The Oculus Quest’s new feature is a crucial step for mainstream VR

Facebook announced the device on Wednesday.

Yesterday, Facebook and Oculus announced a new self-contained virtual reality headset with a killer feature: the ability to map the room around you. The device, called Oculus Quest, uses four onboard sensors to understand what the surrounding environment in the real, physical world looks like. It can track your head’s position in that landscape.

This isn’t the first VR system to do something like this: Oculus Rift, which requires a powerful PC to operate, uses separate, external infrared LED sensors to track your motions. The Quest does something similar, without the need for a PC or those separate sensors.

Here’s how Oculus Quest fits into the VR landscape, and how it works.

It’s a big step up from the Go device

The Oculus Quest follows another self-contained VR device from the company: the Oculus Go. That headset, released in May of this year, is a gadget that doesn’t require a computer to run, but lacks awareness of where it is in a room. (Its catalog of content is also limited compared to the traditional Oculus selection because the Go can’t handle the processor-heavy games.)

The result is that the Go is a great device for using while sitting on a couch and watching a video, playing a game, or riding a virtual roller coaster (if you aren’t too prone to nausea). Strap it on your face and peer around: if you’re looking at a desert scene, for example, as you pivot your head side to side and up and down, you’ll be able to check out the natural setting, almost as if you were there—but just sitting in one place.

The result is an immersive experience, but since the headset doesn’t know where it is in the room itself, you could stand up while wearing it and walk into a wall or trip over a coffee table. (Don’t do that.) The virtual landscape won’t adjust as if you’re walking through it as you move around the real world; thus the wear-it-on-the-couch idea.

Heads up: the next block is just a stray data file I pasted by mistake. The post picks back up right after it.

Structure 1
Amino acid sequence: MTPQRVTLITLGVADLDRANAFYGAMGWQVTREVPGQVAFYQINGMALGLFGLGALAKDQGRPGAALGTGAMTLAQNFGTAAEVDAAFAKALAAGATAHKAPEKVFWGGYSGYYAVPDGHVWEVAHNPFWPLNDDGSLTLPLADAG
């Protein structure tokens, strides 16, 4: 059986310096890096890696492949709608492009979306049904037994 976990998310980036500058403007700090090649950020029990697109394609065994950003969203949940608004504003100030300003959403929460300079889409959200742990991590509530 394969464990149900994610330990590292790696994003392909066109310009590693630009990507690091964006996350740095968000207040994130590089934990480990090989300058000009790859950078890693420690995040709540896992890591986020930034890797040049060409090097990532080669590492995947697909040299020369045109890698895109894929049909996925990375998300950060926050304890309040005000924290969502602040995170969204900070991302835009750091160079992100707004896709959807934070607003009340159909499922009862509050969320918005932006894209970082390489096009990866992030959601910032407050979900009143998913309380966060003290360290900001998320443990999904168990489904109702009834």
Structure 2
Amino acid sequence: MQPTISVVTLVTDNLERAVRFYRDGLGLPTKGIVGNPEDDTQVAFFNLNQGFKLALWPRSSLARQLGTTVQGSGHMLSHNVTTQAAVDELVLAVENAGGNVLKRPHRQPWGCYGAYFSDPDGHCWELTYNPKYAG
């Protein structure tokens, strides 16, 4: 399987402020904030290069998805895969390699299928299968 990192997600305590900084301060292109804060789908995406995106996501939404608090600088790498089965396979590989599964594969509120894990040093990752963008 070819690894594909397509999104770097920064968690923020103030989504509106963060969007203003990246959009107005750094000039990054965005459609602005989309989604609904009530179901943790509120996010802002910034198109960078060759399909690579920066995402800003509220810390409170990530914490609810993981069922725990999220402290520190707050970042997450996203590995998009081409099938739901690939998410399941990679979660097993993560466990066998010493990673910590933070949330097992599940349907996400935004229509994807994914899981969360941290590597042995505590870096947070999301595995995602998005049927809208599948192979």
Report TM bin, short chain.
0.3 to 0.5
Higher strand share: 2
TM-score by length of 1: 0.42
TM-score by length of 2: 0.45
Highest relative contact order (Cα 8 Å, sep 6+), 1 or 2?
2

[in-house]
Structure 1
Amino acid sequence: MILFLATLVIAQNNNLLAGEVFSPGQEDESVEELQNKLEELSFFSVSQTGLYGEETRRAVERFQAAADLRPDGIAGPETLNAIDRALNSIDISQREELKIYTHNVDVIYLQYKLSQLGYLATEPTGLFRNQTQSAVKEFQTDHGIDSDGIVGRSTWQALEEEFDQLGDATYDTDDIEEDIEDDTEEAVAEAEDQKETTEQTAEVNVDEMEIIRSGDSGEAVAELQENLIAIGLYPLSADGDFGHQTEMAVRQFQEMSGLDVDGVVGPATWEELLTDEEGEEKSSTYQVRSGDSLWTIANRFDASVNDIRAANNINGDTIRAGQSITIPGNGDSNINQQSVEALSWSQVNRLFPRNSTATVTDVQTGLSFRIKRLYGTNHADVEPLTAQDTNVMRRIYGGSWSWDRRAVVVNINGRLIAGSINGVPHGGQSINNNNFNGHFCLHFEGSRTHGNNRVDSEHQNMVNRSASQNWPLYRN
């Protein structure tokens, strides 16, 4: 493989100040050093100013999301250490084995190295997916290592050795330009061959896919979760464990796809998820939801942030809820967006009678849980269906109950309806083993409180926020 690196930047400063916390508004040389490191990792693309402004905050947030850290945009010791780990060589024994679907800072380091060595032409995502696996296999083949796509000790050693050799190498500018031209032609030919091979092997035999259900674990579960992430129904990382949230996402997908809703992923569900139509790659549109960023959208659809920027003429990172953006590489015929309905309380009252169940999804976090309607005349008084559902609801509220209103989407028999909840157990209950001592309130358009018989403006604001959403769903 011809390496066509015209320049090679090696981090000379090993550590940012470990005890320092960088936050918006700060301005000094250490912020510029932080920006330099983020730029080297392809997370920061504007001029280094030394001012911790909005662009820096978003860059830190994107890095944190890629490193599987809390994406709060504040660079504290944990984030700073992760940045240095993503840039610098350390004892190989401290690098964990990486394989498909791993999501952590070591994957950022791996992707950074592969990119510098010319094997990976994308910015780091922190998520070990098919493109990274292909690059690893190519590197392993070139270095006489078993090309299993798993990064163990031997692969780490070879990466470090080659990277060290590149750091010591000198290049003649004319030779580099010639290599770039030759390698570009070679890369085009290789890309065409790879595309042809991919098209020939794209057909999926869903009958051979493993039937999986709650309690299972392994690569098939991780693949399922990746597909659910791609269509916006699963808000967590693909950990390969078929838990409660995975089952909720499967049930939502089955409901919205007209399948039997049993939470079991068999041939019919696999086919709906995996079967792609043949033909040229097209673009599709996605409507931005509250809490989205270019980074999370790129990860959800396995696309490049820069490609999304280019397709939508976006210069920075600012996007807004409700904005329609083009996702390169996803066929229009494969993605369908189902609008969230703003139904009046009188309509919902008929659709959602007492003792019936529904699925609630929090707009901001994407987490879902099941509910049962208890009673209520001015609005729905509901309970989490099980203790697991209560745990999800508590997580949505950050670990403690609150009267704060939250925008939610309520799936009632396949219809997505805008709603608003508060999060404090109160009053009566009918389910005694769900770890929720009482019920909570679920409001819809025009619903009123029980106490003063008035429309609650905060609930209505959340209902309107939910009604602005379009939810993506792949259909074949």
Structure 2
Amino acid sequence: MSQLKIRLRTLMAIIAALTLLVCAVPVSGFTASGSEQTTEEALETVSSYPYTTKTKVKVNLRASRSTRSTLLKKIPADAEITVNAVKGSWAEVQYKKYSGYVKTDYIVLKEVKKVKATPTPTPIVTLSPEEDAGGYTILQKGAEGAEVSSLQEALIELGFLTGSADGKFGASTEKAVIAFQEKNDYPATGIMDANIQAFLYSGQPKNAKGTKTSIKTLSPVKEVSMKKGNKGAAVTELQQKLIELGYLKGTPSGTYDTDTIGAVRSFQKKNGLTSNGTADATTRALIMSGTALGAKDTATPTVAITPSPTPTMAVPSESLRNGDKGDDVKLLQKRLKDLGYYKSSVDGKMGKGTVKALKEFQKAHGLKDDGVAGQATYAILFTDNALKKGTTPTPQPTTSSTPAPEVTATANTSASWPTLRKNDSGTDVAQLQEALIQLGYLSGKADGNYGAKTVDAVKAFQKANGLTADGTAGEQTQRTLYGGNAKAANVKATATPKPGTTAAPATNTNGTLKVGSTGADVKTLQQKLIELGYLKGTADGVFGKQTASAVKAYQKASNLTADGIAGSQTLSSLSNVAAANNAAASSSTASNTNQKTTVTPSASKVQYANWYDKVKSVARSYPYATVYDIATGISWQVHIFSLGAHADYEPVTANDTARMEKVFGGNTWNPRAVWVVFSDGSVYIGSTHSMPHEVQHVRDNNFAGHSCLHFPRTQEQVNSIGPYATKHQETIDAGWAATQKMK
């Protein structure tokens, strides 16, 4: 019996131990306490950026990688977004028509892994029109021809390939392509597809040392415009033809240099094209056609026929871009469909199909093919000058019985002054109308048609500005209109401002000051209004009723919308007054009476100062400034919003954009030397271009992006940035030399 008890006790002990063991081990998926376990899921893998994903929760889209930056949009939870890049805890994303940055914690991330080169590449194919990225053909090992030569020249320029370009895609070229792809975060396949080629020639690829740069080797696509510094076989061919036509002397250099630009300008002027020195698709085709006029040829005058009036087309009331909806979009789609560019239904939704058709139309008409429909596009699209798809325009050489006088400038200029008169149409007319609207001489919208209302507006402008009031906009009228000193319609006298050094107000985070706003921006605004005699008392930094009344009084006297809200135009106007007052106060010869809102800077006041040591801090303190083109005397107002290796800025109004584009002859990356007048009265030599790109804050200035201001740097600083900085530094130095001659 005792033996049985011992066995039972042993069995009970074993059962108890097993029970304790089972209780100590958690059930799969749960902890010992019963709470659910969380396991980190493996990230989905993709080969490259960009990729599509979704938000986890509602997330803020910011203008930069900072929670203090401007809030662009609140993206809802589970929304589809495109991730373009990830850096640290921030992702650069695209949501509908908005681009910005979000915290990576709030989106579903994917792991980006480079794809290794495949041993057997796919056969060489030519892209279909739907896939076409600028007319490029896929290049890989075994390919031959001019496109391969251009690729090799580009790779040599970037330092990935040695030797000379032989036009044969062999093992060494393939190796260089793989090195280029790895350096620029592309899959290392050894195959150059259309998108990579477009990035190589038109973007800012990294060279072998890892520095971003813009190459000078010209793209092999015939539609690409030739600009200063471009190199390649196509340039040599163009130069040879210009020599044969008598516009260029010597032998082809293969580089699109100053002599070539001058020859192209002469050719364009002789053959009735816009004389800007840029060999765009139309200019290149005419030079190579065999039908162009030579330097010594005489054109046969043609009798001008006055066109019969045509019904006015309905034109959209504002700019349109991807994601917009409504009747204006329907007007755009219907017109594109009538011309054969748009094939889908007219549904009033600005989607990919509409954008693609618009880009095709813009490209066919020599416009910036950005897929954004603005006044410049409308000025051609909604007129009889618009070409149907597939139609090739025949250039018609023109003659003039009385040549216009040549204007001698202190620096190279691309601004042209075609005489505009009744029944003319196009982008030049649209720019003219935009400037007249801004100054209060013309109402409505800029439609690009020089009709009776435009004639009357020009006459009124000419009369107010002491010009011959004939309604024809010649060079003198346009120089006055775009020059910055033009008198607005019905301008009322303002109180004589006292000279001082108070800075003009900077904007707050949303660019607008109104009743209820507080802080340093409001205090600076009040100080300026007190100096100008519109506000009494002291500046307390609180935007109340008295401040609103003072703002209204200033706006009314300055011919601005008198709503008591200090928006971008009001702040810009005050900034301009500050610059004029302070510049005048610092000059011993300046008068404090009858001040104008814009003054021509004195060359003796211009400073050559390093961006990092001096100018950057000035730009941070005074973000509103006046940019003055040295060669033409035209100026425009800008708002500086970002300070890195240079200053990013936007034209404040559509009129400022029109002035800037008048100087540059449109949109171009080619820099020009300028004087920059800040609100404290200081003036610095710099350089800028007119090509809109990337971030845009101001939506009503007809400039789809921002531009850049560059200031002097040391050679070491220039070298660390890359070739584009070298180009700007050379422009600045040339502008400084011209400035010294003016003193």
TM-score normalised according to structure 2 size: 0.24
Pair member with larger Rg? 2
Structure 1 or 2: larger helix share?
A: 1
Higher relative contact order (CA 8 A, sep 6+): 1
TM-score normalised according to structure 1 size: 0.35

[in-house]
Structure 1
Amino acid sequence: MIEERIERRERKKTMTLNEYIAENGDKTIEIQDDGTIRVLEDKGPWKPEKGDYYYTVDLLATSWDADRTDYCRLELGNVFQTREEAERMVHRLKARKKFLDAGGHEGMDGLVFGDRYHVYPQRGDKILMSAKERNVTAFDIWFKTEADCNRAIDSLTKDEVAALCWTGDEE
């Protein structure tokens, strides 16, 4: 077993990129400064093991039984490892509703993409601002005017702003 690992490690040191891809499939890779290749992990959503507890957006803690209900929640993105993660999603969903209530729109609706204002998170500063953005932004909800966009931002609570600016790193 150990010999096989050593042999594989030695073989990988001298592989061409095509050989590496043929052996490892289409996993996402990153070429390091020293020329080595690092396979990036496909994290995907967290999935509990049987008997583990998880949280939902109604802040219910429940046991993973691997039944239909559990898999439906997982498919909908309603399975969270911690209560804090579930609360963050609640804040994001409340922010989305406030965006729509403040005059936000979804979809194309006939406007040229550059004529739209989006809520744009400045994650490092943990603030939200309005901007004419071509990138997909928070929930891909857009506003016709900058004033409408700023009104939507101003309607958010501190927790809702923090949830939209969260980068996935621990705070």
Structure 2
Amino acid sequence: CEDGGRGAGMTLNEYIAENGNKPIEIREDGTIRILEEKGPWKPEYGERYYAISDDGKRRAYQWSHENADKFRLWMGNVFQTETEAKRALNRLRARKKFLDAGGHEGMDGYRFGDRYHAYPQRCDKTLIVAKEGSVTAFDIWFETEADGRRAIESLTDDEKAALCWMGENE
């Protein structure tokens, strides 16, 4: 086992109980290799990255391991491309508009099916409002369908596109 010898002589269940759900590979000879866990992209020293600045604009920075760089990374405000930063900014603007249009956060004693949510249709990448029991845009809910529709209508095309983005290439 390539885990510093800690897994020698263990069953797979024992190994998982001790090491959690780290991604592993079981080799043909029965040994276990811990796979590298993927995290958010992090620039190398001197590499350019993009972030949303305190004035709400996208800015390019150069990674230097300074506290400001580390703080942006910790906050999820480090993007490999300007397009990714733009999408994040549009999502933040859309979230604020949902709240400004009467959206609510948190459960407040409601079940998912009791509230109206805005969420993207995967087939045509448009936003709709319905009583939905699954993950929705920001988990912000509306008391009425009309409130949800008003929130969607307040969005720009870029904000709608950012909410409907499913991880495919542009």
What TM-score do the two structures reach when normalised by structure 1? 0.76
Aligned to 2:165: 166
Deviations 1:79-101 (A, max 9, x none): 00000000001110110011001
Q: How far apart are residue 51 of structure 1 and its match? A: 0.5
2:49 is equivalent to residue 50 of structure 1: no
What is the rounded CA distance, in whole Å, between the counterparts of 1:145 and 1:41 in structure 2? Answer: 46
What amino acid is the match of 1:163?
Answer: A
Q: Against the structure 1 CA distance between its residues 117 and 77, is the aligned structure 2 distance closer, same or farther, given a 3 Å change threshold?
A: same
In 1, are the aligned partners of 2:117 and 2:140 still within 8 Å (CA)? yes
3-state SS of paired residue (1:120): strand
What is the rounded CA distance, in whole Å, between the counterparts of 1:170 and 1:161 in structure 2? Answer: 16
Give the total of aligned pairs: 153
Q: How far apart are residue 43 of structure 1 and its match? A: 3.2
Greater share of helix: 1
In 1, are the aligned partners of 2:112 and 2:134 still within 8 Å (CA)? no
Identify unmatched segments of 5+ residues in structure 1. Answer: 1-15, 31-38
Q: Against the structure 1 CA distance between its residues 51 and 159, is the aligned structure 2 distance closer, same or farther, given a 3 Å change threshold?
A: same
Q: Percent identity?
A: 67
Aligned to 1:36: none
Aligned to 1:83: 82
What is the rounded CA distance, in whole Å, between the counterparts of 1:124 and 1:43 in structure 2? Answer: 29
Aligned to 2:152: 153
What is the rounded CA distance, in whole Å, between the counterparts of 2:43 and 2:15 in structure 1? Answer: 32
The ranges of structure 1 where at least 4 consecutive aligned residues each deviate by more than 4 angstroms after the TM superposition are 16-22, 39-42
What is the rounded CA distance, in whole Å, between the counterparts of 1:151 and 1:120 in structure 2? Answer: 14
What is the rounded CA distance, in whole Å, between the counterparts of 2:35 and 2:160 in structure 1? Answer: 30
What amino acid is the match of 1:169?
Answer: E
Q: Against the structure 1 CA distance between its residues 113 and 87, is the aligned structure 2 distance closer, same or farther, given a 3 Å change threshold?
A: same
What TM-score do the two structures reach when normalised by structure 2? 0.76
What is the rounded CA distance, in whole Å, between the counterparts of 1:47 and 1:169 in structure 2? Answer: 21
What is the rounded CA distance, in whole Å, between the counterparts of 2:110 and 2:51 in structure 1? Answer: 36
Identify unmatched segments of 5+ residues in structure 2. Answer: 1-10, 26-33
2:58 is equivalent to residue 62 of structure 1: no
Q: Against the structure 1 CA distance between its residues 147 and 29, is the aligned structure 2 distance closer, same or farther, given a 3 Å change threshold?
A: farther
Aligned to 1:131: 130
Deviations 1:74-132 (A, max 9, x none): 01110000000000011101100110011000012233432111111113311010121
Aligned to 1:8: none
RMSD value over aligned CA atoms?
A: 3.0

The Go, which costs $199, also comes with a hand controller—a small grey gizmo that provides a way to aim a virtual gun in a zombie shooting game, for example, and pull a trigger. But that device only lets you do so much; it doesn’t provide a true sense of “hand presence” (the ability for your virtual hands to mirror what your real-life hands do) the way high-end hand controllers with the Rift do.

Of course, there are competitors to the Oculus devices: The HTC Vive VR system—which, like the Rift, requires a computer hook-up—can also track where you are a room, and its Vive Focus standalone device, designed specifically for use in China, does have inside-out tracking capabilities too. (And the poorly-reviewed Lenovo Mirage is a free-standing VR headset that can track you within a small space.)

Oculus Quest
The Oculus Quest and its hand controllers. Oculus

The forthcoming Quest

The Quest is a significant step up from the Go because it can figure out where you are in the room; it’s aware of the physical context. To do that, it relies on four sensors on the outside of the device near its corners, plus computer vision, to sense the space around it; they call the feature powering this Insight.

“It uses the four wide-angle sensors on the headset to look for edges, corners, and pretty much any distinct feature in the environment,” Hugo Barra, the vice president for VR at Facebook, said on Wednesday at the annual Oculus developers conference. “It then builds a three-dimensional map that looks like a sparse point cloud.”

“The system combines this map with gyroscope and accelerometer input, and generates a very precise estimate of your head position every millisecond,” he added. Oculus advertises the headset as having six degrees of freedom, meaning that the system is tracking your head as it move left, right, forward, back, and up and down.

All of this means that VR experiences with the Quest can happen not just in rooms that you can move about (in real life and in the virtual one) but in larger settings, too, untethered to a computer.

And unlike the simple controller that accompanies the Go device, the Quest includes hand-held units that provide hand-presence, so your virtual hands move around in the virtual space as you move your actual hands; you can use them to roll a virtual bowling ball, for example, or swing a tennis racket. Like the Go, the Quest has audio built into it too, and the company says that it now packs in better bass.

The Quest will cost $399 when it goes on sale in the spring. That’s twice the cost of the Go, and the same price as the Rift—but the Rift requires a computer to run.